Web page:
Last month, I posted a list of Mem Fox's DOs for children's books. She was kind enough to give me permission to share her DON'Ts this month. When Mem speaks, take my advice and listen...
DO NOT write down to children. If the story makes adults wince, it will make children wince too. Write always for extremely clever, well-adjusted, lively children. Young readers will appreciate the compliment.
DO NOT write about inanimate objects such as shoes, a coin, a kite, an ice-cube, a piece of sausage or similar. Stick to people, toys, animals, birds or engines.
DO NOT use alliterative names or titles, such Izzie the Ice Cube, Kenny the Koala or Tommy the Tired Teddy. Use names, which reveal something of the character.
DO NOT write your story in rhyme. Prose is more effective. Most editors detest rhyme.
DO NOT assume that plot is the most important element is a story, or even the only important element in a story. Character comes first. Next comes the precise choice of words and the correct rhythmic placement of those words. Then trouble…
DO NOT forget that the rhythm of the text is the element which will, or will not bring the reader back to the story again and again.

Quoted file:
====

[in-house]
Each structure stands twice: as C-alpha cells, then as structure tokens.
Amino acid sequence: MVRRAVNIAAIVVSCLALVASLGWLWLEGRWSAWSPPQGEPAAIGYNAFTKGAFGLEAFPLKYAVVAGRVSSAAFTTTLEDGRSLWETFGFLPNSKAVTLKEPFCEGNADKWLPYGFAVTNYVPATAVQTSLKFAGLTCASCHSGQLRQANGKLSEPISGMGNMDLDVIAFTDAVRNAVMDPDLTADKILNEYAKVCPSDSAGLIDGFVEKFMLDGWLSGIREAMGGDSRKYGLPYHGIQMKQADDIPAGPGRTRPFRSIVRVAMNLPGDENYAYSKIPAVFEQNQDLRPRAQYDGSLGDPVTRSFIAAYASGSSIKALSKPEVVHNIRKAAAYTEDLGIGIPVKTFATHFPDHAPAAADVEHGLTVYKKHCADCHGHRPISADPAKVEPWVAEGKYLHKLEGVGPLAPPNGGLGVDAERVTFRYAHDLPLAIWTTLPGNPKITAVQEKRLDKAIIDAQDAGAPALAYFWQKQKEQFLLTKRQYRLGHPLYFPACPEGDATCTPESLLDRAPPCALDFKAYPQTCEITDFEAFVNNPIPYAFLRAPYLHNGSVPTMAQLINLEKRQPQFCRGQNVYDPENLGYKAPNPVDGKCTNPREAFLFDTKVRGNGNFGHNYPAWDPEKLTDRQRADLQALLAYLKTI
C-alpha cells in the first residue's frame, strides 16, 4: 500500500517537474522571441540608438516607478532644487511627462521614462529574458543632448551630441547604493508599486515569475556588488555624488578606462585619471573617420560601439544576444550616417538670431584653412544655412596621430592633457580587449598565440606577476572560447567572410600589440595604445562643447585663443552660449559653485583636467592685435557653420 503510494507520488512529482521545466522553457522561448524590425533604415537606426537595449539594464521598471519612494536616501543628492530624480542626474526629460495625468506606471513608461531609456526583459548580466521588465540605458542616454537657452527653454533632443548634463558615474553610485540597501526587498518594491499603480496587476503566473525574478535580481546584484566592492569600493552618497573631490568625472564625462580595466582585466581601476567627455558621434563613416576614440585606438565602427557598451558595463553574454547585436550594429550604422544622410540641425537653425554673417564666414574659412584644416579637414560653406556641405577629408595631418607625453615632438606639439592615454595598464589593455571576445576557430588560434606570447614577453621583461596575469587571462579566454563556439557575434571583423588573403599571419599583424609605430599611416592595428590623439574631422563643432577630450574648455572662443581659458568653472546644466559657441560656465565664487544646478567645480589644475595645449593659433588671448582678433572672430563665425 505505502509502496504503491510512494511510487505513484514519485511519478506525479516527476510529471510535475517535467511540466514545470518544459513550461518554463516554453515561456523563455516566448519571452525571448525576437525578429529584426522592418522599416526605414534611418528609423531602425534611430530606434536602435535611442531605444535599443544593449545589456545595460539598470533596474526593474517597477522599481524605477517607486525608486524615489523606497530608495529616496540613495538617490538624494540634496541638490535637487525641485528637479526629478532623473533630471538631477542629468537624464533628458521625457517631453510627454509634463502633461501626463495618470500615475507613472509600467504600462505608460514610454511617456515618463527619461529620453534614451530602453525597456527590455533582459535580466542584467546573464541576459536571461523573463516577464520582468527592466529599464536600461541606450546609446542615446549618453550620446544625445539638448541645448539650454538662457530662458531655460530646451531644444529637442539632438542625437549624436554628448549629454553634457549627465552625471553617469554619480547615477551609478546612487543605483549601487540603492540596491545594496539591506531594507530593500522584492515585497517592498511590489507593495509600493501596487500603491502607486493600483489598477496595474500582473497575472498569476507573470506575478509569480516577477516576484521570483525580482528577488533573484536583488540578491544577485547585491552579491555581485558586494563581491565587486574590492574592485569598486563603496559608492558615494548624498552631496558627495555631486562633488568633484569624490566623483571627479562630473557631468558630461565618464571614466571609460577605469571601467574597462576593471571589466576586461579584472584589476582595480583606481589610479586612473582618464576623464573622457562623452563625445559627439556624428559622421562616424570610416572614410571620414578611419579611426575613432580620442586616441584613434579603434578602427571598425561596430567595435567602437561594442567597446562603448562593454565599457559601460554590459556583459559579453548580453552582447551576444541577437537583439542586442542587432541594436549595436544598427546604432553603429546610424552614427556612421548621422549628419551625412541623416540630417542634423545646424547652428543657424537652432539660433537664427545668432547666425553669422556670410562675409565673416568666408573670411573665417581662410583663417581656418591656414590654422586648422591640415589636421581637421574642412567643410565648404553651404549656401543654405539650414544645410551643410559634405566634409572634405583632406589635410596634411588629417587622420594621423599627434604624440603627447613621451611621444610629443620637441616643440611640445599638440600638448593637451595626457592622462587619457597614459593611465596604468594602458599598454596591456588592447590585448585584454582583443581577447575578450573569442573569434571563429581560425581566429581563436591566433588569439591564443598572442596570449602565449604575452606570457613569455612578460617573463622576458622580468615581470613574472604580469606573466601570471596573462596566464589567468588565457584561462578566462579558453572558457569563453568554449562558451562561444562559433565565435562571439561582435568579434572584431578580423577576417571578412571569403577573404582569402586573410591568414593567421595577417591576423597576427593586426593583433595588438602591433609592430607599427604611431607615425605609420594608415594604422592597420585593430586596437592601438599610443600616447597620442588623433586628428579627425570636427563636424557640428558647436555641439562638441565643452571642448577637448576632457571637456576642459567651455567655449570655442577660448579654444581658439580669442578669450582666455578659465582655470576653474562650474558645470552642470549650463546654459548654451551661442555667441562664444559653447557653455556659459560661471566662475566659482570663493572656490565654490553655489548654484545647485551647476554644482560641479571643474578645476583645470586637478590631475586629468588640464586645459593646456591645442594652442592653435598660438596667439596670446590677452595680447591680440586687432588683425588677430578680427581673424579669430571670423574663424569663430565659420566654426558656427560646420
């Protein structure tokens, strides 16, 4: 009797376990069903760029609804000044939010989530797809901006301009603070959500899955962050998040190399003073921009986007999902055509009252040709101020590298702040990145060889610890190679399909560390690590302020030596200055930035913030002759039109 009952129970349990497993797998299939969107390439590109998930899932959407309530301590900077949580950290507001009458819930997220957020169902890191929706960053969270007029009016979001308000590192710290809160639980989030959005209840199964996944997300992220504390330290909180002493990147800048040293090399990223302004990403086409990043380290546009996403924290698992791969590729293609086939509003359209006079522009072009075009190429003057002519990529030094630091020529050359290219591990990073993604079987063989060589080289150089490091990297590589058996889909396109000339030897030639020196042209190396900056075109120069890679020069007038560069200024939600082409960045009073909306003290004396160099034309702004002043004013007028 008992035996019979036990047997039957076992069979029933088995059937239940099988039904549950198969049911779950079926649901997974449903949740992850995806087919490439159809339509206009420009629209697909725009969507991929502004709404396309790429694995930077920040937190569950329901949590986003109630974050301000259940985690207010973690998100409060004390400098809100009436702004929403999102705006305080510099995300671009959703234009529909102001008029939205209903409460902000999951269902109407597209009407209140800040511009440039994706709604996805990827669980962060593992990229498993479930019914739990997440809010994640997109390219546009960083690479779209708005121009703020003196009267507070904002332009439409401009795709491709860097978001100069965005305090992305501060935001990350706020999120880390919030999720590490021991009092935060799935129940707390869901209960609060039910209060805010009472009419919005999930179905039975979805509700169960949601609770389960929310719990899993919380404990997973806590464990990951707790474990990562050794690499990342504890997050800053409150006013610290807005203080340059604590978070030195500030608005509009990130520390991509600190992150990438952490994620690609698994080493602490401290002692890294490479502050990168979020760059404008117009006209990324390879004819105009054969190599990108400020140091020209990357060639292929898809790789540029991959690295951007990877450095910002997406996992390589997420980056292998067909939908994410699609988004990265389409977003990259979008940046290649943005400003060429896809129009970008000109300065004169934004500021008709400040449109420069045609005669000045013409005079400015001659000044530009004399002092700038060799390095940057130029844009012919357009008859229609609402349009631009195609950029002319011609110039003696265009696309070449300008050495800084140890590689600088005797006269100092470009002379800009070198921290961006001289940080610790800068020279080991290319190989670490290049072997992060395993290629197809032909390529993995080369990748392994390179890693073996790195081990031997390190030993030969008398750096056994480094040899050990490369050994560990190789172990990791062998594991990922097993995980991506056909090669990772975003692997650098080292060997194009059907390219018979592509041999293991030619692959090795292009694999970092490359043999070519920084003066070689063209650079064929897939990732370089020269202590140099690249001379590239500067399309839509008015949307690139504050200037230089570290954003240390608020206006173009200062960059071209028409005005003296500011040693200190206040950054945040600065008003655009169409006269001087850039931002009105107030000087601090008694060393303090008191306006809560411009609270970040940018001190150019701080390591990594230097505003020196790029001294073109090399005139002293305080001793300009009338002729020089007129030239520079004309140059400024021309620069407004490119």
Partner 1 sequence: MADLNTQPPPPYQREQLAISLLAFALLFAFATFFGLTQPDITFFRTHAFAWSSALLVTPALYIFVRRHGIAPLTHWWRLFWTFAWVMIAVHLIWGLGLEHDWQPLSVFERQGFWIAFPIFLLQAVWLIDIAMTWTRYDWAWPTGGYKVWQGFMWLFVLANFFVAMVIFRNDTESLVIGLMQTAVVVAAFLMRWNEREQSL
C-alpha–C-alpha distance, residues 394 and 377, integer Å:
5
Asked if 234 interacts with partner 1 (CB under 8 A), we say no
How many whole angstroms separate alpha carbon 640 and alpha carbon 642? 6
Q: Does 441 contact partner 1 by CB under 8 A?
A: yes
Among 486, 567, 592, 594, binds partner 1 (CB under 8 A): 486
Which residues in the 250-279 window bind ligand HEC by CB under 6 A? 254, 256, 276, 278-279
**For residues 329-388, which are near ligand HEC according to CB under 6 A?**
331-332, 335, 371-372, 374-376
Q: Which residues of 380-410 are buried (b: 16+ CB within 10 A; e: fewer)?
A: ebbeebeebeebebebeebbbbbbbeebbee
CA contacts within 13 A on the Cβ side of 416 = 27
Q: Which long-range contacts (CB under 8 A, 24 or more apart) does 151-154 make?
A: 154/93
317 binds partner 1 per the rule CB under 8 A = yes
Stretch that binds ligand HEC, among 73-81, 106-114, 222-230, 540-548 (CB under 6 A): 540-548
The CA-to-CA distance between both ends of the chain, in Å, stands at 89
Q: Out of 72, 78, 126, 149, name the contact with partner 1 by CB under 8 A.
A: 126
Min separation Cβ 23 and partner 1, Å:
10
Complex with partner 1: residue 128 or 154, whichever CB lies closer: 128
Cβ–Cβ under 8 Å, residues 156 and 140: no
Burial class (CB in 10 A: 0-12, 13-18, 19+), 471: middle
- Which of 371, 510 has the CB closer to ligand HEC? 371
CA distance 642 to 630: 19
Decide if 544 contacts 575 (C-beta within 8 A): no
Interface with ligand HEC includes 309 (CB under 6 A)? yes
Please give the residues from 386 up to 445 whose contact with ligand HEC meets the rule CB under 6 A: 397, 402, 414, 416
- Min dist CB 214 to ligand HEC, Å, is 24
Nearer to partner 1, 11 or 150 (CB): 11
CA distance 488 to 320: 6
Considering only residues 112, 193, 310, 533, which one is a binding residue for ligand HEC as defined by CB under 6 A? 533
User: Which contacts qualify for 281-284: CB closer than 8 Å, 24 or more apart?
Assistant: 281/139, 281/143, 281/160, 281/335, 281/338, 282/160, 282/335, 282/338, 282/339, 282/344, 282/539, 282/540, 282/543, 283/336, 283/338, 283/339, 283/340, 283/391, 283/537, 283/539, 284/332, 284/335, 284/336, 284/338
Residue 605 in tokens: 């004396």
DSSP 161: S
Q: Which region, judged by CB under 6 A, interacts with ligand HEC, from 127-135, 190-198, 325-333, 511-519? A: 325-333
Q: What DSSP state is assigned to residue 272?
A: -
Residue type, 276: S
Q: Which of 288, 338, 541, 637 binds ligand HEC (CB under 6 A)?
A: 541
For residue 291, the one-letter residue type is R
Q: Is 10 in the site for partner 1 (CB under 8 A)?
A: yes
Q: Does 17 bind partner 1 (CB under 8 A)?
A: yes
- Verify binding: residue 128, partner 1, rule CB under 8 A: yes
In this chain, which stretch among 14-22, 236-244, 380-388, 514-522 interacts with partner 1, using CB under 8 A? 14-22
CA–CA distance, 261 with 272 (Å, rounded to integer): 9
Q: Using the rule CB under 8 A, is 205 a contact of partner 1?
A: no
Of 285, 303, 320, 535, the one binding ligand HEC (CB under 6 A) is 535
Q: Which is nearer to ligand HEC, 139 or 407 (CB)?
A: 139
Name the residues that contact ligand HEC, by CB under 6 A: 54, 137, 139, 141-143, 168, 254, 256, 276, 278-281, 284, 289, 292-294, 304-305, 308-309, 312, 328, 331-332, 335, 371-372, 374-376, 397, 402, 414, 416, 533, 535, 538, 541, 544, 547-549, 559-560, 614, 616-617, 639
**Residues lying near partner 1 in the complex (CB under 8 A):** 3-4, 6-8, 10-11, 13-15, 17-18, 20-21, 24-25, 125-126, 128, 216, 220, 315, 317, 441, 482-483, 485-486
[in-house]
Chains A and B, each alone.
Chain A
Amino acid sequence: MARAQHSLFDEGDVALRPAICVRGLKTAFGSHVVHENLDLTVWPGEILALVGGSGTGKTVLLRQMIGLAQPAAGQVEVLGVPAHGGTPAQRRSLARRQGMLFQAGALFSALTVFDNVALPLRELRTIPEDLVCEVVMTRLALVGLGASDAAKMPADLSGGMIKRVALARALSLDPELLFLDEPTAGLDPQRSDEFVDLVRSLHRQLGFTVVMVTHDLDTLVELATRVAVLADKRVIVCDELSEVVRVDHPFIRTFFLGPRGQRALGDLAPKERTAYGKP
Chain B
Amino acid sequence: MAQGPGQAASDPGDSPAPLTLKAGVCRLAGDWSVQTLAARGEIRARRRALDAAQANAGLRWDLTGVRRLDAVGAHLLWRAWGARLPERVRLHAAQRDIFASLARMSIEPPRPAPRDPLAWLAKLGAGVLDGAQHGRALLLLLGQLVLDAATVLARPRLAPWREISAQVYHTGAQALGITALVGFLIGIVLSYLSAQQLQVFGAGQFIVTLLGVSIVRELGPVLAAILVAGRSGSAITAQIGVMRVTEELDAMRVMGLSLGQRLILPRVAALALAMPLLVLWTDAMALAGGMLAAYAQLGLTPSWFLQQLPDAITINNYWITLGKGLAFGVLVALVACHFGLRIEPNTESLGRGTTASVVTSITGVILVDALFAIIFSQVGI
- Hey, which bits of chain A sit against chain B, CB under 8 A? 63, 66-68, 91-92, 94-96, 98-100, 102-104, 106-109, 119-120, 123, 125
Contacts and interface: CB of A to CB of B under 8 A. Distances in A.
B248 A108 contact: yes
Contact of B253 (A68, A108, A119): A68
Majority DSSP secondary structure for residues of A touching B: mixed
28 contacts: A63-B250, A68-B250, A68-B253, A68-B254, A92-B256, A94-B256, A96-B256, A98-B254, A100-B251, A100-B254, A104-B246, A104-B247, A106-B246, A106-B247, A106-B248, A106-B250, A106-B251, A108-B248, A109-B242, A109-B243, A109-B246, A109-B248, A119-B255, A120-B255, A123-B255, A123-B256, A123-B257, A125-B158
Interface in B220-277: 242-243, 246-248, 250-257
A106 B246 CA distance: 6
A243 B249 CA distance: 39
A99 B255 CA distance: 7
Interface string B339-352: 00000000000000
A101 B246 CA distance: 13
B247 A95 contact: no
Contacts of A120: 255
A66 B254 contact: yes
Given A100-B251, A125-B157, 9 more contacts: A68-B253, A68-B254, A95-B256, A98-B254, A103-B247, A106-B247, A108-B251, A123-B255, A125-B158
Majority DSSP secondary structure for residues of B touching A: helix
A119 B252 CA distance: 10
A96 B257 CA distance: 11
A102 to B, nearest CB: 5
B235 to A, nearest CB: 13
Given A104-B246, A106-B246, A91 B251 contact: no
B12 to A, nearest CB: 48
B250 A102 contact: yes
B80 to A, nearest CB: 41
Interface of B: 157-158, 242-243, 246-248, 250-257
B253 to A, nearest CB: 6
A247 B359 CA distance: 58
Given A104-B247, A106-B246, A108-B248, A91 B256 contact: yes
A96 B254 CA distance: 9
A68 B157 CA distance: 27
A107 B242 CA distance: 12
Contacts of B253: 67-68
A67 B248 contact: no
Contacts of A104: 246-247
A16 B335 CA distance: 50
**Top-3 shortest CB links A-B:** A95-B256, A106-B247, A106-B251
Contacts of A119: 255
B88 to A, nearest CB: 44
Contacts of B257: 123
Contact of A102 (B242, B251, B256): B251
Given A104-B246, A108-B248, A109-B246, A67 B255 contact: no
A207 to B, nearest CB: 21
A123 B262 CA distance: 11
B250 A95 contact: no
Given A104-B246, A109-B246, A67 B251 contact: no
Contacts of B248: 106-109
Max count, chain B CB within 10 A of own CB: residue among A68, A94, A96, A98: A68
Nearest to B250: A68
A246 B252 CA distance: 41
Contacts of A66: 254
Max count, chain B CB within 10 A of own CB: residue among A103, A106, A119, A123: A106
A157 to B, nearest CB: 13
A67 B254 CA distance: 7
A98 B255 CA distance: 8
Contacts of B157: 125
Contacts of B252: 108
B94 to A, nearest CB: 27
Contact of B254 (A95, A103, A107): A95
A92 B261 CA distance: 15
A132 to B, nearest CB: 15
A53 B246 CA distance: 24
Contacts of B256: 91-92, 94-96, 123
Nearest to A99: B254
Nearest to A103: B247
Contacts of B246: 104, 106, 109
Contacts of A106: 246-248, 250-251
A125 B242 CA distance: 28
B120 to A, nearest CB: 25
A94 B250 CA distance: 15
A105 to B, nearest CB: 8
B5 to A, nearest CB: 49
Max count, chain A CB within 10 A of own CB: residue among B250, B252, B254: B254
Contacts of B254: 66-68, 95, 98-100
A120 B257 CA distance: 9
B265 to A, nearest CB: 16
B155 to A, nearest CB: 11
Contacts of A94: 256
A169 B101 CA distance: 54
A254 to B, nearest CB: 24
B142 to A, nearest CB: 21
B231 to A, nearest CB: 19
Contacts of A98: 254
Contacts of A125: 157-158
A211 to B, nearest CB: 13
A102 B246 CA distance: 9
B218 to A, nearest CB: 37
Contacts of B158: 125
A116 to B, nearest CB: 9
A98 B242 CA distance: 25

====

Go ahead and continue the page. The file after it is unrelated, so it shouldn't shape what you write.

DO NOT write things like: he gasped, she spluttered, etc. Use the word said. The gasping and spluttering, etc., should be obvious from the situation, if the writing is effective.
DO NOT write a picaresque story merely filled with one episode after another, with no tension or problem or resolution.
DO NOT forget that if the writer couldn’t care less about the fate of the characters the readers couldn’t care less either, and the book will fail.
DO NOT write stories which end: ‘…and then they all woke up.’ Dreams as stories are frustrating and will certainly be rejected.
DO NOT write to teach. Heavy morals are detested by children and publishers alike.
DO NOT attempt to bring up other people’s children through your text.
DO NOT get the name of the children’s editor wrong when you send off a manuscript. Check the spelling by phoning the publisher, if possible.
DO NOT get the name of the publishing company wrong, nor its address. Check that company does publish children’s books and that its books are of high quality and are readily available.
DO NOT forget to send a brief covering letter and DO NOT be ‘cute’ in this letter.
DO NOT be surprised not to hear from a publisher for two or three months.
DO NOT be surprised to find yourself working on a picture book text for a couple of years and DO NOT give up too soon. Also, DO NOT lose heart after rejections: be courageous and tenacious.
DO NOT forget that simple does not mean simplistic.
DO NOT expect to be accorded real respect as a writer of children’s books. It will never happen.